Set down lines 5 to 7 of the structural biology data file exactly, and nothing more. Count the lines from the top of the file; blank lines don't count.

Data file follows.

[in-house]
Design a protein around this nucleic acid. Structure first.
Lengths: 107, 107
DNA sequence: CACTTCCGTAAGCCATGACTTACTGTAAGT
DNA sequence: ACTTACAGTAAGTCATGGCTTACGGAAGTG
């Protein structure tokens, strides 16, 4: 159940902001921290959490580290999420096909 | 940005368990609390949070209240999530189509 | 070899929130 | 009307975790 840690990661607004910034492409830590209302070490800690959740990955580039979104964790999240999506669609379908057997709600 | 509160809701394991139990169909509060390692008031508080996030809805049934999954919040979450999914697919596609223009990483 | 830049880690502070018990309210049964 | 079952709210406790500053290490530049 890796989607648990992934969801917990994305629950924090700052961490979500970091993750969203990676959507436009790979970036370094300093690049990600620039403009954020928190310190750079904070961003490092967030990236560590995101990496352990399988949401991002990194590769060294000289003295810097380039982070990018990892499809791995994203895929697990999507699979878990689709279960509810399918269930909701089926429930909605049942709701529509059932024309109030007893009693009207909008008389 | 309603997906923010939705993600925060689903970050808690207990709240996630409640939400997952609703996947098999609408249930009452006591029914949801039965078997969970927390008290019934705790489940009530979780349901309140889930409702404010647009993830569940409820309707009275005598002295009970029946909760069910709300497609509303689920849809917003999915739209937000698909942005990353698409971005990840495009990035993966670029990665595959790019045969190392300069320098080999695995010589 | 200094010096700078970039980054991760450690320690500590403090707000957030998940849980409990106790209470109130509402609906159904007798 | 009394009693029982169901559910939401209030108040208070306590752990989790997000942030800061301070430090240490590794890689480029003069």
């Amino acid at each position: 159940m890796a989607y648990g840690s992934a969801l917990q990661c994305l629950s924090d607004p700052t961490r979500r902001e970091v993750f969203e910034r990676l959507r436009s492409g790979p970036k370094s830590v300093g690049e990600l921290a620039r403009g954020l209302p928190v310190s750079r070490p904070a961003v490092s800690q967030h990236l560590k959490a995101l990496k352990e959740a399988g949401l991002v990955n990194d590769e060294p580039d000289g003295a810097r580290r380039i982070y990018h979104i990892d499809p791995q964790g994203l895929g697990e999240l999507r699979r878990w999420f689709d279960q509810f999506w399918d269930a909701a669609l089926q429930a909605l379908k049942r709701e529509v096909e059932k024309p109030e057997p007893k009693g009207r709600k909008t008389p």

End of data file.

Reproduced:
DNA sequence: ACTTACAGTAAGTCATGGCTTACGGAAGTG
């Protein structure tokens, strides 16, 4: 159940902001921290959490580290999420096909 | 940005368990609390949070209240999530189509 | 070899929130 | 009307975790 840690990661607004910034492409830590209302070490800690959740990955580039979104964790999240999506669609379908057997709600 | 509160809701394991139990169909509060390692008031508080996030809805049934999954919040979450999914697919596609223009990483 | 830049880690502070018990309210049964 | 079952709210406790500053290490530049 890796989607648990992934969801917990994305629950924090700052961490979500970091993750969203990676959507436009790979970036370094300093690049990600620039403009954020928190310190750079904070961003490092967030990236560590995101990496352990399988949401991002990194590769060294000289003295810097380039982070990018990892499809791995994203895929697990999507699979878990689709279960509810399918269930909701089926429930909605049942709701529509059932024309109030007893009693009207909008008389 | 309603997906923010939705993600925060689903970050808690207990709240996630409640939400997952609703996947098999609408249930009452006591029914949801039965078997969970927390008290019934705790489940009530979780349901309140889930409702404010647009993830569940409820309707009275005598002295009970029946909760069910709300497609509303689920849809917003999915739209937000698909942005990353698409971005990840495009990035993966670029990665595959790019045969190392300069320098080999695995010589 | 200094010096700078970039980054991760450690320690500590403090707000957030998940849980409990106790209470109130509402609906159904007798 | 009394009693029982169901559910939401209030108040208070306590752990989790997000942030800061301070430090240490590794890689480029003069």
């Amino acid at each position: 159940m890796a989607y648990g840690s992934a969801l917990q990661c994305l629950s924090d607004p700052t961490r979500r902001e970091v993750f969203e910034r990676l959507r436009s492409g790979p970036k370094s830590v300093g690049e990600l921290a620039r403009g954020l209302p928190v310190s750079r070490p904070a961003v490092s800690q967030h990236l560590k959490a995101l990496k352990e959740a399988g949401l991002v990955n990194d590769e060294p580039d000289g003295a810097r580290r380039i982070y990018h979104i990892d499809p791995q964790g994203l895929g697990e999240l999507r699979r878990w999420f689709d279960q509810f999506w399918d269930a909701a669609l089926q429930a909605l379908k049942r709701e529509v096909e059932k024309p109030e057997p007893k009693g009207r709600k909008t008389p």